Still, there were some who recognized the Blood Relation, and they bled him. The Cabbies charged him three times the regular Tariff for a Four-Wheeler. He discovered that a Nasal Accent was Expensive. Somehow, every one seemed to know that he was one of those eccentric Yankees. He was regarded as a Millionaire just because he came from America and talked in a Loud Tone. He did not like to correct this flattering Impression and explain that he was merely a Bounder from Bird Center who wanted to go it Cheap. So he Let Go rather freely, and the first thing he knew his Letter of Credit began to look lop-sided.

    He went against the London Tailor and bought a lot of strange Garb with Cushions in the Shoulders. The Garments did not fit him, but were said to be Durable. The Tailor said he couldn't Wear them Out, and after he returned Home, he found that he did not dare to.

    After remaining in London for a Week and getting fairly well acquainted with a Waiter, he struck out for the Continent, where they had been saving up all their Bad Money to give to him. He did not know how to make change. In the Excitement of Travel, he forgot his 4 French Sentences and became so Locoed that they did what they pleased to him. He was from the U. S. A., where the Currency grows on Bushes, and they felt at Liberty to go through him.

    He was so busy scrapping over Bills, looking up Time-Tables, paying Excess Baggage and sending Illustrated Postal Cards back to Bird Center, telling what a Grand Time he was having, that he had very little Time for Sights. Still, he managed to look into 400 Cathedrals that seemed just alike and had the same damp Odor and he stood in front of several thousand faded Masterpieces and let on to Admire them. After a while all Scenery looked alike to him and when a Guide tried to pull him into a Gallery he resisted.

    Wherever he stopped, a smiling Hotel Manager gave him the Sleeve across the Wind-Pipe.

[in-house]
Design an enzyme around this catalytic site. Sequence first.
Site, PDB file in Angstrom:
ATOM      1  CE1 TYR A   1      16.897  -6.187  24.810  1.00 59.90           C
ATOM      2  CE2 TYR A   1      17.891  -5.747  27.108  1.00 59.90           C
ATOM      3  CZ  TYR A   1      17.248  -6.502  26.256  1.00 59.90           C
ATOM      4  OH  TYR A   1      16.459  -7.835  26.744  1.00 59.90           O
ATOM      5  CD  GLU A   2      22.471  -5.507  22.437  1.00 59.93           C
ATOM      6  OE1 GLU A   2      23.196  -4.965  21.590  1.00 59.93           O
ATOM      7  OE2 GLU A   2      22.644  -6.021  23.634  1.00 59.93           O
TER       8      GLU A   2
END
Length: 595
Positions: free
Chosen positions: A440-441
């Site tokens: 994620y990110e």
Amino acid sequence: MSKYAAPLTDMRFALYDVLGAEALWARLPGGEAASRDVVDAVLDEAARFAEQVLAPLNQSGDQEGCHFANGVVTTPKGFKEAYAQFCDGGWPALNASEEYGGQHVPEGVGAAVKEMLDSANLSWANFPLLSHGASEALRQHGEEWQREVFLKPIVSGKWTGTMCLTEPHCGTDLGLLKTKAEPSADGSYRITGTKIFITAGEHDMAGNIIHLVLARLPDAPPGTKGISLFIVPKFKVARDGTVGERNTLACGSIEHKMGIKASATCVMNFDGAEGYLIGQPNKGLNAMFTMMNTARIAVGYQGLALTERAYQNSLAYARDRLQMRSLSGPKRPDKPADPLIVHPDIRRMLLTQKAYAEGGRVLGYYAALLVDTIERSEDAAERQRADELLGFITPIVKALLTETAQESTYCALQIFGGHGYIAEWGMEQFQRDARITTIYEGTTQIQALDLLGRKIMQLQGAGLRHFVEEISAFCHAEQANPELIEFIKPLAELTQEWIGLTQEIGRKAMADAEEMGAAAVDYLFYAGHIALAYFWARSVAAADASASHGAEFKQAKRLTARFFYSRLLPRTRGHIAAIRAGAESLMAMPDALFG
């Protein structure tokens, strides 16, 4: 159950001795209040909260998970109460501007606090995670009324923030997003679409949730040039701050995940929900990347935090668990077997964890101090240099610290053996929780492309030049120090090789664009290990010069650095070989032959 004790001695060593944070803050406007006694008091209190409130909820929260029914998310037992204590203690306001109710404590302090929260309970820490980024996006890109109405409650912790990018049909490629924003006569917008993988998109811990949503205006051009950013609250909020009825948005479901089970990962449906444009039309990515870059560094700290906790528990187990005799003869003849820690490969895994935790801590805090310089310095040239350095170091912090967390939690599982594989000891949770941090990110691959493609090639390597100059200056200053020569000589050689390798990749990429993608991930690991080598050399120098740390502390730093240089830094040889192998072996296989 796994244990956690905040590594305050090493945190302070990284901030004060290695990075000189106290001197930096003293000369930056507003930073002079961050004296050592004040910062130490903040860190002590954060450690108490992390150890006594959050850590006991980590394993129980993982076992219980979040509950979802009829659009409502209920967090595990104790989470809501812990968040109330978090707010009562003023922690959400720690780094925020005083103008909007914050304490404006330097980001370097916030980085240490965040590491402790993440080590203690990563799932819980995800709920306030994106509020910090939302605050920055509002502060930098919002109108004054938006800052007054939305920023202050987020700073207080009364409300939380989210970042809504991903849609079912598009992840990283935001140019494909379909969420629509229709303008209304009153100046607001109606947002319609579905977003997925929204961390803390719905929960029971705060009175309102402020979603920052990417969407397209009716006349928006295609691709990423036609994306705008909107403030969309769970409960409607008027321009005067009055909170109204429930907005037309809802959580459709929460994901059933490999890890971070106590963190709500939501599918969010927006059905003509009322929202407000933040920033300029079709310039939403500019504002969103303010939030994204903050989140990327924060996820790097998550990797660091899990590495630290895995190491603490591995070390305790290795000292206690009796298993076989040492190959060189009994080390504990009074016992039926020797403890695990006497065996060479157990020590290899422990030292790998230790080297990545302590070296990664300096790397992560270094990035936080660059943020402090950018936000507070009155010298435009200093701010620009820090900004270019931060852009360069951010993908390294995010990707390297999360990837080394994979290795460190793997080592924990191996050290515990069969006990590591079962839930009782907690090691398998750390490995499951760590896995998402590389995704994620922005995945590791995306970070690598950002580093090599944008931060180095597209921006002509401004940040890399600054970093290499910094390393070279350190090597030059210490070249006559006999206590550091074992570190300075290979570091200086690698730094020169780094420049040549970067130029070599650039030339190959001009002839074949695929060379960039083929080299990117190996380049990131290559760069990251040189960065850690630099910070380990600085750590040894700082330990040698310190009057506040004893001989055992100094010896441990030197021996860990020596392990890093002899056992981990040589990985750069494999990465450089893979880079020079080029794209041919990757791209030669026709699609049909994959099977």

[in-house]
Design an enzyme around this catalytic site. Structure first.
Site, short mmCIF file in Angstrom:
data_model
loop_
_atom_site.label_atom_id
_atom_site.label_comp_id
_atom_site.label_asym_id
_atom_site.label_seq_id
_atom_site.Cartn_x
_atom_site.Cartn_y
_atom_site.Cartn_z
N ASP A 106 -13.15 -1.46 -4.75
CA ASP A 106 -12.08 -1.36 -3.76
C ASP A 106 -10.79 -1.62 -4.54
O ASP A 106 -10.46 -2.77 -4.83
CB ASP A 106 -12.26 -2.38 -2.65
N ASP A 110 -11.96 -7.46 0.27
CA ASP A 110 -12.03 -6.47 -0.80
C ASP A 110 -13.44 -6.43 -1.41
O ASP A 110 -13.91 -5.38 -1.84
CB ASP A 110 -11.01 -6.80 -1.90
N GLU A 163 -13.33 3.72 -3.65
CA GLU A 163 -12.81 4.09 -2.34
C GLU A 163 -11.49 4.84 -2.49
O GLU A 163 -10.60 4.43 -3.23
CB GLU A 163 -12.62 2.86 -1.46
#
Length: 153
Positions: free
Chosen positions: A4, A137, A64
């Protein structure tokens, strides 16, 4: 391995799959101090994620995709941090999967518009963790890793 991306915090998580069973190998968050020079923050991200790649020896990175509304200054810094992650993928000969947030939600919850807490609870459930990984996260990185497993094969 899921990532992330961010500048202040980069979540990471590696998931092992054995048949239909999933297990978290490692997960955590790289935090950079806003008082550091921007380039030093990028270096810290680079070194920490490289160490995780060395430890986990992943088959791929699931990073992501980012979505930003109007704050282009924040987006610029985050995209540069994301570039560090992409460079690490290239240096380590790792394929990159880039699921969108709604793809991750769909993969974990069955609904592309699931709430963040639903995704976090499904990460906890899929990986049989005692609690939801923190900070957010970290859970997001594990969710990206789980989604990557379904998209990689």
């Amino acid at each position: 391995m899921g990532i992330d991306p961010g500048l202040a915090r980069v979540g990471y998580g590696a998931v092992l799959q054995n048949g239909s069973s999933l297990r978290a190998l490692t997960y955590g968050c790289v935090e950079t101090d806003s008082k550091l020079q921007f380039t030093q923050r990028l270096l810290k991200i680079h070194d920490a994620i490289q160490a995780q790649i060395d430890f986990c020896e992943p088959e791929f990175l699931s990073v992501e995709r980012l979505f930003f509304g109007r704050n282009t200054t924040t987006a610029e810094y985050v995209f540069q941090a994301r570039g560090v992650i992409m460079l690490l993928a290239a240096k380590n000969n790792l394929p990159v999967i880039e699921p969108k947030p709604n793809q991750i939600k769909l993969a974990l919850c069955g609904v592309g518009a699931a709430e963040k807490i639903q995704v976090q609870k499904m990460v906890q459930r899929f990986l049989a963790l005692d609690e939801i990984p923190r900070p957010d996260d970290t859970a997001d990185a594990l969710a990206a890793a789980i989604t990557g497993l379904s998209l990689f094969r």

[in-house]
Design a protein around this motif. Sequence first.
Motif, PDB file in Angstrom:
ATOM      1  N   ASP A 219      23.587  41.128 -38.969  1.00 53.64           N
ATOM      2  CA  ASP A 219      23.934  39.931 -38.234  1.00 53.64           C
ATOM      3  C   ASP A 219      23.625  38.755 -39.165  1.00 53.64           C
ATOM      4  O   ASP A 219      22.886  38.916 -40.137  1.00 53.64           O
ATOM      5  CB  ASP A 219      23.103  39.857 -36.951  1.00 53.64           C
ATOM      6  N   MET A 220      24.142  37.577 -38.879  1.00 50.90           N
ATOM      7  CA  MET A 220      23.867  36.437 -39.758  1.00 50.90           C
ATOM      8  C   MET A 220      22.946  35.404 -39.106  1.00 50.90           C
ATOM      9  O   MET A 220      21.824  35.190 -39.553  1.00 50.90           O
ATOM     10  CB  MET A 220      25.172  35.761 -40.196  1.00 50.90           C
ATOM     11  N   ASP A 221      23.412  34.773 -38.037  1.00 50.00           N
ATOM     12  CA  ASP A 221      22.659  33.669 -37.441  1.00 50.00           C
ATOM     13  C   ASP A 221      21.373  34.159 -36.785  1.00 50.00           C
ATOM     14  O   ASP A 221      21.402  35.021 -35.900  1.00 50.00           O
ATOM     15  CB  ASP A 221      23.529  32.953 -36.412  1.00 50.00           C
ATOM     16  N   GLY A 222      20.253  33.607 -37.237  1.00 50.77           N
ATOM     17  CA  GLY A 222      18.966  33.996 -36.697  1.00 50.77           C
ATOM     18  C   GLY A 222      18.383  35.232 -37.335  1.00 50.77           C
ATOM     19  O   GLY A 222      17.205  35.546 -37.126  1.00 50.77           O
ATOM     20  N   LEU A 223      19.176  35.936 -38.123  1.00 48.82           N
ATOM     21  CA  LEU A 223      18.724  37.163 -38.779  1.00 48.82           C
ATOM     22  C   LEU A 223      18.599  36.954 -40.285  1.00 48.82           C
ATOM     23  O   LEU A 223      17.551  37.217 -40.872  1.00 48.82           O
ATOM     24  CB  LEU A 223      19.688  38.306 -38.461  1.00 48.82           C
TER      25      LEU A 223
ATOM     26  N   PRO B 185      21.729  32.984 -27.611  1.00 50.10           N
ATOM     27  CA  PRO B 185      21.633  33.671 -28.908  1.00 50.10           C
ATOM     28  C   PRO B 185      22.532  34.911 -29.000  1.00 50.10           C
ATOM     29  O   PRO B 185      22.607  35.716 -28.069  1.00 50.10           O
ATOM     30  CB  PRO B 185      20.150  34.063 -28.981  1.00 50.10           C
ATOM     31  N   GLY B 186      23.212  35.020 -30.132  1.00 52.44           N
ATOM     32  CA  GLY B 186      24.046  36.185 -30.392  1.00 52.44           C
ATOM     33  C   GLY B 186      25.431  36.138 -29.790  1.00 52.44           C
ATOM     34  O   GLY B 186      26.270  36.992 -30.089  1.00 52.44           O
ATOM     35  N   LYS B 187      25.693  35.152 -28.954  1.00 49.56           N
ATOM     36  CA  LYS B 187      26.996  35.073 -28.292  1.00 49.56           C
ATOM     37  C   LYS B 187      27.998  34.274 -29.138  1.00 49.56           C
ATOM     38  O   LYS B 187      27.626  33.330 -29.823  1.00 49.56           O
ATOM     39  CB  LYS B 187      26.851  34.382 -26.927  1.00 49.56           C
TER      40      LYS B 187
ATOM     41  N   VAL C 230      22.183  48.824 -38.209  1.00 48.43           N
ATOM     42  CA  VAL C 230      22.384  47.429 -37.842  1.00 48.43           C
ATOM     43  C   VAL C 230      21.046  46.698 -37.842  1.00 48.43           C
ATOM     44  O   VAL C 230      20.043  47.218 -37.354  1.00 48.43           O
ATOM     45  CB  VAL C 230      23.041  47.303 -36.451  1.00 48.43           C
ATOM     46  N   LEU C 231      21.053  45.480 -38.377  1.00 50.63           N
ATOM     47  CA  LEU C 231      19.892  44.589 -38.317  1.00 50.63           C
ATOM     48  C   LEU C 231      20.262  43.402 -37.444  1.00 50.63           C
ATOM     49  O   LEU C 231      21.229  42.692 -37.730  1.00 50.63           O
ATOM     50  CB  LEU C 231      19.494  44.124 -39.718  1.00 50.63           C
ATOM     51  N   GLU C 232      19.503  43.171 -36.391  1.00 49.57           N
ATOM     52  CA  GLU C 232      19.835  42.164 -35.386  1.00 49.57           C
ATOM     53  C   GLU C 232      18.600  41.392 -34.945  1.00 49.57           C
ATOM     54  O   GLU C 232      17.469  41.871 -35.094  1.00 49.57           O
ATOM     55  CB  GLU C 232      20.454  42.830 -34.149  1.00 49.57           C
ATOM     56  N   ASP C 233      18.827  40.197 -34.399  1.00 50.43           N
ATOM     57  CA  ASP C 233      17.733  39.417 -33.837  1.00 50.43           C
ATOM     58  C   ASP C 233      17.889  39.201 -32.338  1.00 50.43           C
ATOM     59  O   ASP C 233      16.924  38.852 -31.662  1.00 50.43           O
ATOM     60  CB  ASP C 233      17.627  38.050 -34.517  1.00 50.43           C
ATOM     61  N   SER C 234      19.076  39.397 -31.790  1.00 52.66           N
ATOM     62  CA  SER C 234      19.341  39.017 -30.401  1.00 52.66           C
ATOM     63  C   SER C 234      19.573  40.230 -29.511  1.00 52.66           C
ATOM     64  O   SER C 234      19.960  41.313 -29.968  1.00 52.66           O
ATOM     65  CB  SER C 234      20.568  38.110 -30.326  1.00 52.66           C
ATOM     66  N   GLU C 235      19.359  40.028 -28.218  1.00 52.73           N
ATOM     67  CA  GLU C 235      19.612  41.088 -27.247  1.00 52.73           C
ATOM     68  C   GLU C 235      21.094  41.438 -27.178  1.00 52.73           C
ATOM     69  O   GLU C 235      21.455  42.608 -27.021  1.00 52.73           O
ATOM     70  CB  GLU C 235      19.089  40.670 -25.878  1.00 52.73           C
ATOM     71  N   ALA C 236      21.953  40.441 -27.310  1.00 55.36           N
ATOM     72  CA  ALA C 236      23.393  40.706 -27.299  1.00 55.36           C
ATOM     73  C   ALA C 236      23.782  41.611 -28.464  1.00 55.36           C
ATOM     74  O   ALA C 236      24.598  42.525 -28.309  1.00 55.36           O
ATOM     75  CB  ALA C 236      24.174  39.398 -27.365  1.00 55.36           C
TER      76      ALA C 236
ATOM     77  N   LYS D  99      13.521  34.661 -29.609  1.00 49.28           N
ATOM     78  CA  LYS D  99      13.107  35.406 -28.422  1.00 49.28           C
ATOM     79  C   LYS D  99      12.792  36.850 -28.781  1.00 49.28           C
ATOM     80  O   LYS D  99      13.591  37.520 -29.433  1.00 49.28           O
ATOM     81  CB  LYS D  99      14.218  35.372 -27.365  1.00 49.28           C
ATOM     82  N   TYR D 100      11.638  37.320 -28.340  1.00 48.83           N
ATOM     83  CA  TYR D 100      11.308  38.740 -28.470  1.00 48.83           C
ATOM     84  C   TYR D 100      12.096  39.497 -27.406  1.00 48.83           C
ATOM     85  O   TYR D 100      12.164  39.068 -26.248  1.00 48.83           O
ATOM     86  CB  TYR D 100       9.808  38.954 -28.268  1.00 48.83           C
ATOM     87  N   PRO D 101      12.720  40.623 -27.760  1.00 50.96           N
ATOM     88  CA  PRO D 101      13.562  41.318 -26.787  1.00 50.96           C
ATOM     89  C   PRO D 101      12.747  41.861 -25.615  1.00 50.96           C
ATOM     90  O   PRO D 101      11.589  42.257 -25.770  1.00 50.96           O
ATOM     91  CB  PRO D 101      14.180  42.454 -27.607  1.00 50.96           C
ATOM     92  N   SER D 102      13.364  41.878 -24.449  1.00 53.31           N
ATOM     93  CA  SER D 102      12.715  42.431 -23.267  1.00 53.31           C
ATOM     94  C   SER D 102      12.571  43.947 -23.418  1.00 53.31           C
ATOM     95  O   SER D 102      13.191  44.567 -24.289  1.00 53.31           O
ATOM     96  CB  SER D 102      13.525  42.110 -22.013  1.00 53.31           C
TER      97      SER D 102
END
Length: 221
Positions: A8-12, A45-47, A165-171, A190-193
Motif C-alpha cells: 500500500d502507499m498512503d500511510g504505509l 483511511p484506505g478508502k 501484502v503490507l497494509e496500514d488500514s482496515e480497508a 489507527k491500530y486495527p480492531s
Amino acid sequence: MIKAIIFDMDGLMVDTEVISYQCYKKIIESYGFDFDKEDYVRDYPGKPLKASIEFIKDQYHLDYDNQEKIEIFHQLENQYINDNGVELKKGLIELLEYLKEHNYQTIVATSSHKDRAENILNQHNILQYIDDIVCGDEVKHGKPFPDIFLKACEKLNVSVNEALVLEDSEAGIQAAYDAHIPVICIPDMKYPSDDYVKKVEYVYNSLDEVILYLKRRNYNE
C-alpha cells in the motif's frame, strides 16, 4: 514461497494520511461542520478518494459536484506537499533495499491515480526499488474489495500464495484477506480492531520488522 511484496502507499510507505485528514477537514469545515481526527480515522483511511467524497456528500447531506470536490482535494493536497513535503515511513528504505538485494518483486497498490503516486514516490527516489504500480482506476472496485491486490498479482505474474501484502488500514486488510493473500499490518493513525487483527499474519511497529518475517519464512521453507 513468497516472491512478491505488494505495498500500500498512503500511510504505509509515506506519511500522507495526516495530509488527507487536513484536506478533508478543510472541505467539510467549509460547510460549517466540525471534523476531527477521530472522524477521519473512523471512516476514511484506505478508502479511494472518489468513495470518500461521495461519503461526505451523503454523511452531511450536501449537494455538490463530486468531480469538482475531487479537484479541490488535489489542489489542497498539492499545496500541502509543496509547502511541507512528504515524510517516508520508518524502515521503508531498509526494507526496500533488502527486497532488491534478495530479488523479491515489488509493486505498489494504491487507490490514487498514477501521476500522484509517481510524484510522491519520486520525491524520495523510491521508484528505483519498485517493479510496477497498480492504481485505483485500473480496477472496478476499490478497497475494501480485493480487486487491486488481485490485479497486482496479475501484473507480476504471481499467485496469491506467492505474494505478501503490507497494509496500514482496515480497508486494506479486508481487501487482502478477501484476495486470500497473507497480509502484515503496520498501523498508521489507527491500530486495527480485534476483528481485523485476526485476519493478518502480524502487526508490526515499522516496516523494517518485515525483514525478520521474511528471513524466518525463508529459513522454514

After a couple of weeks though, he got used to it and would extend his Neck and take it in the Jugular without a Murmur.

    He began to count the Days until he would see Bird Center again. He wanted to be back where the Teams were hitched around the Court House Square and no Building was more than 15 years old and everybody said "Hello, Bill! "

   In addition to being Home-Sick, he was Hungry. He could not get his Steak and Onions. At the sad Round-Up known as the Tabble Dote, they passed him a lot of Trimmings that he could neither Pronounce nor Assimilate. He sat in the Forum at Rome and longed for Rhubarb Pie. As he floated on the Grand Canal in Venice, he realized that Green Corn was coming into the Market back in Bird Center, and the Blow nearly threw him out of the Gondola. He stood in the Majestic Presence of Mont Blanc and made an Open Offer of Seven Dollars for a Cup of Mother's Coffee without any daggoned Chicory in it.

    It was a joyous Day when the Coal-Dealer climbed into a Six-Day Boat headed for Sandy Hook. He had used the Cable to get Two Hundred over and above the Letter. He didn't know whether or not his Trip had Broadened him, but he knew it had left him Short.

    He realized that when he landed in New York, he would be Searched as a Smuggler, and then Sand-Bagged by a Hackman, but he was ready to stand for anything that wasn't done in a Foreign Language.

    "The Latin Races may be on the Decline, but they didn't refuse to take All of Mine," said the Coal-Dealer, as he looked back across the vasty Deep. "The only way I can get Revenge is to go back to Bird Center and talk Europe for the next 10 Years."

MORAL: The Time to enjoy a European Trip is about Three Weeks after Unpacking.

Next: The Fable of The Brotherhood of States and The Wife Who Was Responsible for the Jubilee